A Hole in Pandora’s Box

August 12, 2011

So, the joy of technology (and trust me, I find few joys in technology beyond simple convenience and the comfort of warm face, warm hands, warm feet) is being able to find totally new hobbies that would have never existed before. Like customized radio.

I love Pandora. Pandora, if you’re unaware, is a Web site where you can make a radio station customized around a certain band or song you start with. Enter a band, singer, or song, and you have a whole list of songs playing for you that are (arguably) in some way related. Usually. Sometimes it strays. Like how I got from Otis Redding to the Dixie Cups once, I’ll never know. There are some kinks. Like how I got from The Kinks to Linda Ronstadt. But generally, it’s a pleasurable experience. Additionally, you can add variety to a station by adding the name of another band or singer you wish to incorporate, so Pandora can find songs that work between their two styles and smooge them into one Frankenstation.

And this morning, in order to keep myself occupied, I’ve been playing with my newfound hobby–seeing how long it can take Pandora to get from Tony Orlando/Dawn to the band Hole. Which, you know, just makes me giggle.

So far (and I’m writing this as I listen, so it’s like a play-by-play. Be excited, gentle reader. This is breaking news.), I’m still waiting for how they’re going to bridge that gap. I’ve had Tony Orlando’s Bless You, I suppose as my punishment for placing such a silly request in the first place. Then Roy Orbison’s Only the Lonely, followed by Sam Cooke’s Wonderful World, a darling song about the quest of a non-intellectual attempting the fair heart of the elusive smart chick. Sort of a “pre-Lloyd Dobler” Lloyd Dobler anthem.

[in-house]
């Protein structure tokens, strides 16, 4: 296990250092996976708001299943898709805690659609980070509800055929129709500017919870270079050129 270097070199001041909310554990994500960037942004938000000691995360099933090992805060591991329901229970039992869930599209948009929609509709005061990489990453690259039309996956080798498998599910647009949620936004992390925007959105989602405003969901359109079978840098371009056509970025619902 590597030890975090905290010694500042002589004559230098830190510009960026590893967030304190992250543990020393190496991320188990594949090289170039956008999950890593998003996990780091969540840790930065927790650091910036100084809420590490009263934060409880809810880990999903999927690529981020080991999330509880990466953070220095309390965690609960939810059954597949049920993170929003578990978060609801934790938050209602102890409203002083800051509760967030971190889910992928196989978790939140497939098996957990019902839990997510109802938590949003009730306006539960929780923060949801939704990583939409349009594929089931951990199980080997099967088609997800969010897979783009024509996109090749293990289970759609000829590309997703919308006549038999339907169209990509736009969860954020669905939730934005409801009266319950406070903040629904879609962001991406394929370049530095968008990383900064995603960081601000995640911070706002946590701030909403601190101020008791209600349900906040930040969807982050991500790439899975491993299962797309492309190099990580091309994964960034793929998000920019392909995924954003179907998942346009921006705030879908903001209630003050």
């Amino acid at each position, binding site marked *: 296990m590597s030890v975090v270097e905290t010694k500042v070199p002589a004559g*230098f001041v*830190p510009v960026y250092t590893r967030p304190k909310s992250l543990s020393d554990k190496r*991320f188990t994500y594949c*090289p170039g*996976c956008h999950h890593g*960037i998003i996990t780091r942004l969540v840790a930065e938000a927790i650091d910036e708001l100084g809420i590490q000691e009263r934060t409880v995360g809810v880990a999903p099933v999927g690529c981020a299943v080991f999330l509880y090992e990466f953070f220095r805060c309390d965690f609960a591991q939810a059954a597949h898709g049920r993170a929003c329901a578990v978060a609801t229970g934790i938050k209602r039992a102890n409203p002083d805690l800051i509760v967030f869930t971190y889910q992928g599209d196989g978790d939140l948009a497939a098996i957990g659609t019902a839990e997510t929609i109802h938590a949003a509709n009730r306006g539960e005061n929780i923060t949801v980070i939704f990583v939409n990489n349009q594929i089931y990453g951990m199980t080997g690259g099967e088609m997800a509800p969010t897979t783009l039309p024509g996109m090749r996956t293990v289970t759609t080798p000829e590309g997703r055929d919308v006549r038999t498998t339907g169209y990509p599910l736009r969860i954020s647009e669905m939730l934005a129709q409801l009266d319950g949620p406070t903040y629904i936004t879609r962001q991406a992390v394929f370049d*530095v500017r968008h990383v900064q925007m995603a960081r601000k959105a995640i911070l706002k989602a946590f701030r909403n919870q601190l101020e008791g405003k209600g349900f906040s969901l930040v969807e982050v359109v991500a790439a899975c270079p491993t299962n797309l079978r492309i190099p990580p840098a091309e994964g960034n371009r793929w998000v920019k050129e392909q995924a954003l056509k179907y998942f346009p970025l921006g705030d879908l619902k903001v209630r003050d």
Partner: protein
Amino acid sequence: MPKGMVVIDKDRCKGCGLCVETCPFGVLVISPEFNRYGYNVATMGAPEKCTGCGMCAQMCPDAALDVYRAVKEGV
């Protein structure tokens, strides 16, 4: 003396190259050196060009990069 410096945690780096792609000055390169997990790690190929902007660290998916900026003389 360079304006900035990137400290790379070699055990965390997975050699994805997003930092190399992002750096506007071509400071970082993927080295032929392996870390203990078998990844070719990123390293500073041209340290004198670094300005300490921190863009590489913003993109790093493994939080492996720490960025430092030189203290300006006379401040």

And Sam Cooke is always marvelous. Let us not toss that aside.

Then It Never Rains in Southern California by Albert Hammond. Waaa, waaaaa, waaaa. This is also punishment for my silly request. Is it too much to ask for a simple Tie a Yellow Ribbon? Can I get a Knock Three Times? Anything? Throw me a Tony bone, here, Pandora.

…pretty sure there’s a better way to phrase that.

Holy hell—it just leapt from Albert Hammond in a rather jarring transition to Hole’s Celebrity Skin. Ha! Oh, please play Candida next. This is brilliant.

Okay, so we have Dumb by Nirvana following Hole, and then a little Key Largo by Bertie Higgins. Wow. The disturbing aspect of it was somehow unforeseen. Not gonna lie; it’s swiftly approaching “oh god, make it stop.” Ripping my mood back and forth between the two worlds. There really needs to be a dramatic record scratch sound in transition each time.

See? Hobby. This will amuse me for hours. It actually hurts. And some pain, you gorgeous people, is good pain.

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Overheard

July 28, 2011

A conversation, as I boarded the elevator down to the lobby in search of lunch today.

I got on in front of a hiring manager (whom I don’t know) from my company who was holding a clipboard of information, and an interviewee in a fancy suit who was (he thought smoothly but I thought nervously) attempting to make a final lasting impression of being–hey–a swell guy. The hiring manager was seemingly less than impressed. It went something like this:

Interviewee [as the elevator doors open on the 18th floor and we all get in]: “Man, something smells goooood downstairs.” [laughs for no reason]

Hiring manager: “………..yep. Not bad.” [we begin our descent]